The government’s Social Action Fund is at odds with its own ‘big society’ policies

Last week I circulated an email to advise people that Third Sector Online had just announced that the second tranche of the Social Action Fund was about to open to applications.

The announcement included a quote from someone at the Social Investment Business, the distributors of the fund: “We aim to fund well-established national or regional organisations, usually under large branded schemes. A strong preference is given to schemes that have agreed match funding,” they said.

I subsequently received an email from Marcia Lewinson at Women Acting in Today’s Society that was a heart-felt howl of frustration. She said:

The above  says it all! Where is the support for organisations that have  local relationships, understand local need, have the ability to  recruit and retain volunteers  and can do all of the above?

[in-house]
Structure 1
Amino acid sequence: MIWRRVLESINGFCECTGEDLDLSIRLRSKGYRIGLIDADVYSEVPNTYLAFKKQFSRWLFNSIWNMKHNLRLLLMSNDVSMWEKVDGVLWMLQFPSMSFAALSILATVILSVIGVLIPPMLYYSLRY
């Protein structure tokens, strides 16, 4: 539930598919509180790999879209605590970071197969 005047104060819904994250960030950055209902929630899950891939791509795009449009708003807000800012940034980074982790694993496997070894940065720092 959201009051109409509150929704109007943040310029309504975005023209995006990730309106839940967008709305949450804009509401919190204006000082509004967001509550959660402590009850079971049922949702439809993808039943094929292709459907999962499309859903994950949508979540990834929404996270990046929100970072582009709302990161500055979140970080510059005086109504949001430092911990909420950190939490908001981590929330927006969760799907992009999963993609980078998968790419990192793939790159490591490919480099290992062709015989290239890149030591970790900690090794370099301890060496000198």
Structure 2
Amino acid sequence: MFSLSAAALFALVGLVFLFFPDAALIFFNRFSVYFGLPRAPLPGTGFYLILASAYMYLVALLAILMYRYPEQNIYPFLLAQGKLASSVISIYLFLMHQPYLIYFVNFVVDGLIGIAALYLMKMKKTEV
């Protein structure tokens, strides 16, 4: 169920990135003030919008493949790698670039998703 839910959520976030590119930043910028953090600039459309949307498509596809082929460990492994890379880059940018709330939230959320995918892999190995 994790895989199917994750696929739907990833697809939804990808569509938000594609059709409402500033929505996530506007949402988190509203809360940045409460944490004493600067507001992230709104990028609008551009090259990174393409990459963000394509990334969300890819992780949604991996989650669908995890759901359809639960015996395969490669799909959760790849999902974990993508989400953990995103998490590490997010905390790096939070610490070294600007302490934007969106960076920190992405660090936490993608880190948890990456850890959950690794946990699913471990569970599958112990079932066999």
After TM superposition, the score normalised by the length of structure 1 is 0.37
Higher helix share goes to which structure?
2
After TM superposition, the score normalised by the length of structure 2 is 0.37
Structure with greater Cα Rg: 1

Small independent charities and business are getting squeezed out of the market!!  Frustrated…

Marcia is absolutely right, of course. The more I thought about it the more I found myself thinking how at odds all this guff about ‘scale’, ‘replicability’ and big ‘branded schemes’ is with David Cameron’s aspirations for the ‘big society’.

It betrays the same kind of obsession with management consultancy-speak and grand schemes that dominated government thinking in the 1980s.

If you share Marcia’s frustration then why not write to Nick Hurd and tell him? Writing to the Social Investment Business is unlikely to change anything because it is doing what the government has told it to, but voicing your frustration to the Minister responsible might just help.

This really does seem one of those instances where policy implementation is glaringly at odds with the aspirations that prompted it in the first place.



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